Is this suitable for nepenthes?


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Hi all

I'm growing a nepenthes X ventrata on my windowsill, I've got it elevated so that it isn't sitting directly in water; and I've been spraying the soil with RO water regularly to keep it sodden.

I can see it throwing out new leaves, but wondered if this method is better than using a long tom pot sitting in water? 

Or if just the same really?

IMG_20200502_180230.jpg

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Hi!! Well done!! In my experience nepenthes x ventrata is a very strong hybrid... I’ve grown one that was half died in my girlfriend hands... I keep it and it liked very much always 2/3 mm of water in the tray... when I changed home I had to give it to a friend because it was too big... now, after 3 years it is still alive and healty, and my friend hasn’t never grown other carnivorous plants... so don’t be afraid: you’ll be successful in growing it!;-)

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2 hours ago, Argo88 said:

Hi!! Well done!! In my experience nepenthes x ventrata is a very strong hybrid... I’ve grown one that was half died in my girlfriend hands... I keep it and it liked very much always 2/3 mm of water in the tray... when I changed home I had to give it to a friend because it was too big... now, after 3 years it is still alive and healty, and my friend hasn’t never grown other carnivorous plants... so don’t be afraid: you’ll be successful in growing it!;-)

Hi Argo, thanks for your reply! 

From what you've said, does your method also elevate the plant, or sit the pot directly into the 2/3mm of water? 

Do you have any pictures of your set-up?

Many thanks

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1 hour ago, Argo88 said:

Hi Purpurea!

sorry but I don’t have pictures...

The pot stayed in the tray, like my others carnivorous plants... Only, I put just 2/3 mm of water in the tray;-)

I see! 

I was a bit hesitant to grow it on the windowsill due to humidity concerns, but as you pointed out it certainly seems a hardy plant so I'm excited and hope it does well, the extra leaves it's throwing out are very reassuring!

I do however wonder how it would cope once we're back to the colder, winter months!

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In the colder months, if you don’t give it additional light, it will not produce new pitchers... it is all ok, it will be it again the spring... in my experience nepenthes xventrata  doesn’t need very high humidity... with the tray method the plant was doing very well, without spraying it at all... when it will be a little bigger you’ll must to put a stick near the plant stem to substain it... without it the plant can stop to produce pitchers... my plant was 2,5 m tall when I cut it stem (I hadn’t place enough) but it can grow more than 3 m... nepenthes x ventrata that you find in garden center should be all female plants;-)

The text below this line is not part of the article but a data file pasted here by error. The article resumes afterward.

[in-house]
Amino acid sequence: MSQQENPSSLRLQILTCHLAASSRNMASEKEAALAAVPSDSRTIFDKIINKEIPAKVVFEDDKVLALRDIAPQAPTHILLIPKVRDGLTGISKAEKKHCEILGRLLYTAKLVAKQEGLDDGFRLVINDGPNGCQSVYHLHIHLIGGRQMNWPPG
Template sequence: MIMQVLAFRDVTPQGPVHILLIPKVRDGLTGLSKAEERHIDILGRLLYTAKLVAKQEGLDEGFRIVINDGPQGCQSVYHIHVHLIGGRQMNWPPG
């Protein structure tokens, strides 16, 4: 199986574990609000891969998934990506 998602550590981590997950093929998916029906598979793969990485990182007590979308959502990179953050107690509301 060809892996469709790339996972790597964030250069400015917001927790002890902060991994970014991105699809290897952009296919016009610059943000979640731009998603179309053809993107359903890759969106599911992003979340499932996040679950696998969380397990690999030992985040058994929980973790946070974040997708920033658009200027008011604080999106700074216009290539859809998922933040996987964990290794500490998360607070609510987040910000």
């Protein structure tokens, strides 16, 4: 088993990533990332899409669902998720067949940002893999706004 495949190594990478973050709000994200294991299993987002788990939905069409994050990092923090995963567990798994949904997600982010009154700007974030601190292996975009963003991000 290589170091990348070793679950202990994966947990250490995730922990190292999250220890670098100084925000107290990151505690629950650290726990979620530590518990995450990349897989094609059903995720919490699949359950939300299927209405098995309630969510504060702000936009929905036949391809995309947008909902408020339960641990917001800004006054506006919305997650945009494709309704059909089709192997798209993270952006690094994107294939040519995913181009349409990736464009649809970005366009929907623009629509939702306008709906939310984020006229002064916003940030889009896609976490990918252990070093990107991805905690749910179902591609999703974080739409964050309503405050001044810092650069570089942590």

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If the plant can survive winter without extra light is dependent of your location.

From the answer given you now know that it works in Italy.  I can add that I have failed in south facing Window in Gothenburg, Sweden.

I have no idea about Paysley, but for sure the conditions have more similarities to Gothenburg than Italy. I would give supplemental light.    

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On 5/3/2020 at 10:04 AM, Tropfrog said:

If the plant can survive winter without extra light is dependent of your location.

From the answer given you now know that it works in Italy.  I can add that I have failed in south facing Window in Gothenburg, Sweden.

I have no idea about Paysley, but for sure the conditions have more similarities to Gothenburg than Italy. I would give supplemental light.    

I live in extreme North East of Italy, at the border between Italy, Austria and Slovenia... I’m very much closer to Lubiana and Vienna than Rome, and closer to Berlin than Naples and Sicily... my country is the coldest and foggiest of Italy;-)

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  • 3 weeks later...

It's quite a healthy looking plant. I wouldn't leave Neps standing in water, they don't particularly like it. I wouldn't keep spraying the soil. Just don't let it dry out. I like to use a bottom feeding fish food in the pitchers, just a little , not too much.

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